“After the deaths of my brothers and nephew, I did not want anything to do with mbira. The spirits and ancestors had let me down, and every time I heard mbira, I was reminded of Chris’s kutsinhira – this was too much for me to bear.”

The road to recovery has been a hard one for Patience.  Through encouragement from Erica Azim, her mother, and her brother Endiby, Patience started playing mbira again.

On understanding mbira, Patience notes that there is much involvement of the spiritual realm and that it is not of our own doing that we get to play.

“I failed to play mbira for a year and the spirits and shave needed appeasement.  It was then that we held a matendo ceremony where ceremonial cloth was bought and beer was brewed. Afterwards, I understood the importance of the spirit world and that some things happen for some reasons.”

After Chris died, Patience began having dreams of her first mbira, and on it old and new compositions were being played. When the ceremony was held, she was ready to play her mbira with Endiby again.

Patience feels that the old music is the most important part of mbira, in that, “Our elders associated it with their way of life.  When one plays, the music takes them away,” Patience relates with a far away look.  She notes that the music is a way of life, a way of calling others in the nether world: ”I remember when I went to Chimbikiza-Dzivaguru in Chiweshe, where there are mhondoro spirits and the musicians there are very old men, we did not wear any shoes. There the music invoked the spirits’ powers in asking for rain, and protection from famine and other calamities. The music was also used as a mode to facilitate communication and consultation between the spirit mediums and the ancestors.”

Asked about how she feels about the new styles of mbira playing, Patience has this to say,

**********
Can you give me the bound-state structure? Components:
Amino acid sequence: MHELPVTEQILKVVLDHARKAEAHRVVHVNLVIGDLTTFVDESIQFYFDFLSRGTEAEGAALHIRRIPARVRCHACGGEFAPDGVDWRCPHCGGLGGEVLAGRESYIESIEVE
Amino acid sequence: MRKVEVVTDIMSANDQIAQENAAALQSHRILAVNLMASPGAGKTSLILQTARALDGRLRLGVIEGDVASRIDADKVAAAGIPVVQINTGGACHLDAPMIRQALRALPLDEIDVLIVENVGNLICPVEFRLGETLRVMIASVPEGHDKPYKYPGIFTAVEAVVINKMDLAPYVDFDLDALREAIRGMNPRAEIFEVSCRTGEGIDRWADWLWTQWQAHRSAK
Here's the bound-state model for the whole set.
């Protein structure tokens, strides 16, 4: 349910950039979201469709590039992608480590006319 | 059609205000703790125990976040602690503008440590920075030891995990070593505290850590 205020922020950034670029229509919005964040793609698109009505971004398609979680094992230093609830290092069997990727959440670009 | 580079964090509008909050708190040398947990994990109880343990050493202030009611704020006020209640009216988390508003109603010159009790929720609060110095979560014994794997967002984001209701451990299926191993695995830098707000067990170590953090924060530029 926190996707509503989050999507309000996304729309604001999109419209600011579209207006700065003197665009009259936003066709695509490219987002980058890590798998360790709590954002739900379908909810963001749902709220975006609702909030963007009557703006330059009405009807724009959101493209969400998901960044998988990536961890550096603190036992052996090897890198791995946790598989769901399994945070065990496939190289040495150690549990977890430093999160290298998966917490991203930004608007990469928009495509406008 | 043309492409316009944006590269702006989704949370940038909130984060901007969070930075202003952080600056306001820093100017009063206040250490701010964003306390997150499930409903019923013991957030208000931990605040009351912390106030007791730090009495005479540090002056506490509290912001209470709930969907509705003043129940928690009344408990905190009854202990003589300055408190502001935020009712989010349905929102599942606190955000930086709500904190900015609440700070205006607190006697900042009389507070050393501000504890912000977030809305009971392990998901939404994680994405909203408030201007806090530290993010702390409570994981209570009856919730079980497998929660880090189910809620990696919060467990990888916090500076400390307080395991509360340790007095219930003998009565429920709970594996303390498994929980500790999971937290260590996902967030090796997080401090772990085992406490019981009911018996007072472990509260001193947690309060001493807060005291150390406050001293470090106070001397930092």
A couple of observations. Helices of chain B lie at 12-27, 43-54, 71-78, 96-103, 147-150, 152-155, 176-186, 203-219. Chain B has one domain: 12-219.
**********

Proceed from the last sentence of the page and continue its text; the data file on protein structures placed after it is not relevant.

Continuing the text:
“Many of the new styles are just a commercial entity without real depth. I do listen to (them) just for the ear and not for serious traditional business…Some (lead people to) associate mbira with being backward, unkempt and uncultured. The reality is that Christianity is looking down on mbira and traditional culture, and we need the best ambassadors there are.”

Though women mbira players are rare in Zimbabwe, Patience says, “Women’s empowerment is key in this music, I saw that when I played as a young girl at Dzivaguru, because the spirit mediums liked the way I played, and to me that was a stepping stone in empowering women through mbira”

Patience is currently a high school teacher in the town of Chinhoyi, and has a 12 year old son. She teaches history, and is in charge of the school’s cultural hut – an attempt to teach the students to appreciate their culture and its music. She has also been teaching some of her relatives to play mbira, particularly the children of her brothers who perished in the accident.  One of the only university-educated traditional mbira players in Zimbabwe, Patience holds a BA in Divinity with a specialty in comparative religion; she has detailed knowledge of the contrasts between Christianity and other world religions, and traditional Shona religion. Completely bilingual and extremely articulate, Patience enjoys sharing her culture as well as her music.

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Full article Mbira.org: Patience Chaitezvi.